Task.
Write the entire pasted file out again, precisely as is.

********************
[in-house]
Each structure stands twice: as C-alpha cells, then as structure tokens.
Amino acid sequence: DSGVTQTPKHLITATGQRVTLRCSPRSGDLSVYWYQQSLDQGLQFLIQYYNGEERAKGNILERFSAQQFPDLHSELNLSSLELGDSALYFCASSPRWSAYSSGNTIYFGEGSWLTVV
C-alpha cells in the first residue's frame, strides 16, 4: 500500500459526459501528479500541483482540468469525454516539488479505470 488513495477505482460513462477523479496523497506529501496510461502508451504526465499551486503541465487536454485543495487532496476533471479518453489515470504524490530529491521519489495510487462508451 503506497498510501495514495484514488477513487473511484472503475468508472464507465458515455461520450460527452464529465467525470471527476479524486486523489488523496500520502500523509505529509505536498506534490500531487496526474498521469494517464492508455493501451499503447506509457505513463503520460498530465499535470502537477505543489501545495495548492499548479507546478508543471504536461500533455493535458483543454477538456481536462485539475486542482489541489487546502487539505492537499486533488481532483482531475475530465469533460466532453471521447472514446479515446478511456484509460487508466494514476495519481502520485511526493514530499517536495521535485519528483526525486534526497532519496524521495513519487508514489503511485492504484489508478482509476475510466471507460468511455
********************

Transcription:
[in-house]
Each structure stands twice: as C-alpha cells, then as structure tokens.
Amino acid sequence: DSGVTQTPKHLITATGQRVTLRCSPRSGDLSVYWYQQSLDQGLQFLIQYYNGEERAKGNILERFSAQQFPDLHSELNLSSLELGDSALYFCASSPRWSAYSSGNTIYFGEGSWLTVV
C-alpha cells in the first residue's frame, strides 16, 4: 500500500459526459501528479500541483482540468469525454516539488479505470 488513495477505482460513462477523479496523497506529501496510461502508451504526465499551486503541465487536454485543495487532496476533471479518453489515470504524490530529491521519489495510487462508451 503506497498510501495514495484514488477513487473511484472503475468508472464507465458515455461520450460527452464529465467525470471527476479524486486523489488523496500520502500523509505529509505536498506534490500531487496526474498521469494517464492508455493501451499503447506509457505513463503520460498530465499535470502537477505543489501545495495548492499548479507546478508543471504536461500533455493535458483543454477538456481536462485539475486542482489541489487546502487539505492537499486533488481532483482531475475530465469533460466532453471521447472514446479515446478511456484509460487508466494514476495519481502520485511526493514530499517536495521535485519528483526525486534526497532519496524521495513519487508514489503511485492504484489508478482509476475510466471507460468511455